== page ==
Romanians Dangerously Stuck on Syringes
Shots can carry vitamins but spread hepatitis
FRIDAY, April 9 (HealthScout) -- The country that gave us Count
Dracula has a real-life enchantment with inserting sharp
objects into the skin. Officials find this unhealthful, even
if a goodly number of Romanians think it's for their own good.
this case, the sharp objects aren't fangs, but syringes. The
Centers for Disease Control and Prevention (CDC) reports that
a large number of Romanians prefer to take a needle to relieve
ailments that don't call for the use of needles.
to the CDC report, 120 million "therapeutic
injections" are given in that country each year -- or 5.3
for every man, woman, and child.
use injections to administer medications for things that in
the United States, we might not use them for," says
Catherine Dentinger, an epidemiologist with the CDC.
injections have dangerous consequences. The survey was
conducted because health officials saw a sharp rise in cases
of hepatitis B in children under age 5. The liver disease is
associated with dirty needles as well as what the CDC calls
the "overuse of injections" that "might
increase opportunities for transmission."
youngsters were no strangers to needles. In addition to
receiving vaccinations, 38 percent of them also got
"therapeutic injections," the report says.
to the CDC survey, 28 percent of Romanians wanted their
medications in a syringe to treat fever, 29 percent to relieve
a cold, and 17 percent to stop diarrhea. In addition, 42
percent preferred taking vitamin supplements in a needle. (The
survey didn't bother with illegal drugs.)
preferences were roughly even among all age groups. Women were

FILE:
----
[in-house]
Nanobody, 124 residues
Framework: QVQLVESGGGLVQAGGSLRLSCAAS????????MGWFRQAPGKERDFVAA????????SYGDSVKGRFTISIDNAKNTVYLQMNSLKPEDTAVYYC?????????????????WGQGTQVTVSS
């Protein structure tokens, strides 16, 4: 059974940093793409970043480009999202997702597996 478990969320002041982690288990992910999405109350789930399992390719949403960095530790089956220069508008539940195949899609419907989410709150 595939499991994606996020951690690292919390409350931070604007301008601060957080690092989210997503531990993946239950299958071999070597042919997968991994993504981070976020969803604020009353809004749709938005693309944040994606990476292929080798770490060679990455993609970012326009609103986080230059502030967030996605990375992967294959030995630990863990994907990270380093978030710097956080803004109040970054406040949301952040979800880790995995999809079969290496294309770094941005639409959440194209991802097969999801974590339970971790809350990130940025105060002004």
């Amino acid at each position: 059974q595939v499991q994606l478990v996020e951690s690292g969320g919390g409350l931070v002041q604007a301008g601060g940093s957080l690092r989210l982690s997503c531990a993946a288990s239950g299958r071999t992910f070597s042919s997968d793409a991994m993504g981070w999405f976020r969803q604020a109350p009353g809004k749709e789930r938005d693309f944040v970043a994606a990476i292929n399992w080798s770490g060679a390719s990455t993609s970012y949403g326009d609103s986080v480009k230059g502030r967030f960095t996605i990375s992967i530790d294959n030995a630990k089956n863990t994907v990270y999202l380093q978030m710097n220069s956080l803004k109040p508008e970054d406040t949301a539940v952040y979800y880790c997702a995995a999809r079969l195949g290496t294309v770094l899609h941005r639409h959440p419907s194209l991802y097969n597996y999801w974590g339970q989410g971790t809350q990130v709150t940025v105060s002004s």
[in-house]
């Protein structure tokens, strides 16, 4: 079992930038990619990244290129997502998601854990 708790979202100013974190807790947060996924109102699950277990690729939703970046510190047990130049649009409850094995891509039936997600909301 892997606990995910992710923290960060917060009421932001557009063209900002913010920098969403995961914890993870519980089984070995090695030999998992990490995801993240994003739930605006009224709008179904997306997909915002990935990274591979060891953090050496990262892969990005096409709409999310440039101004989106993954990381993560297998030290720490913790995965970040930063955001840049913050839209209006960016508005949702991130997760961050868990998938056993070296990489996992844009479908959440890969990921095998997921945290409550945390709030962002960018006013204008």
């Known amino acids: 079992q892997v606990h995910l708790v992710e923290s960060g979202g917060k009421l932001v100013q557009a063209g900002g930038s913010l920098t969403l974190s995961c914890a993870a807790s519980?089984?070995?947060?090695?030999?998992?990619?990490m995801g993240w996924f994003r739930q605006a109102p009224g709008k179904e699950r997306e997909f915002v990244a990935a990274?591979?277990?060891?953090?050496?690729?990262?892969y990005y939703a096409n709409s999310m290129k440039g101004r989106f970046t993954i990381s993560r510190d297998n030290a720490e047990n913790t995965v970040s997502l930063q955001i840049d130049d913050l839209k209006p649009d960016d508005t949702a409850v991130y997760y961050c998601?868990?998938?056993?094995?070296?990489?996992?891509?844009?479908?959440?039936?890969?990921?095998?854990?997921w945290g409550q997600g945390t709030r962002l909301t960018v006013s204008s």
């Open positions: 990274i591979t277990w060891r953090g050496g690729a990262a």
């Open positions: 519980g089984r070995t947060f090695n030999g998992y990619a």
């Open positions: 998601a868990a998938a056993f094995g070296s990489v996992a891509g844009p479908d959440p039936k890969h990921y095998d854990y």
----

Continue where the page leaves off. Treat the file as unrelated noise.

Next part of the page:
more likely to demand needles than men (55 to 45 percent).
survey of 1,197 Romanians showed that three in four
"believed injectable medications were 'stronger' than
oral medications," according to the results published in
the Morbidity and Mortality Weekly Report.
in other countries have shown that people prefer syringes
because they believe the drug works better when put through
the skin. The pain of the injection is a sign to them that
it's working immediately. Also, needles are a symbol of
says they're "cultural issues" that health officials
must overcome. "We would like to start to change
behavior," she says. "I, as a health care provider,
consider an injection invasive."
the most part, the Romanians are using clean needles and
aren't re-using them, Dentinger says. They're also well aware
of the link between needles and the AIDS virus.
people on dirt roads knew that you could get HIV from an
injection," she says. However, "nobody's quite as
clued in to hepatitis B as they are HIV." They don't
realize that one can get hepatitis B and C if an injection is
last thing health officials want is to make Romanians (or
people with similar feelings in other countries) afraid of
needles. "We don't want people not to get vaccines,"
she says. Besides, there is a vaccine that protects against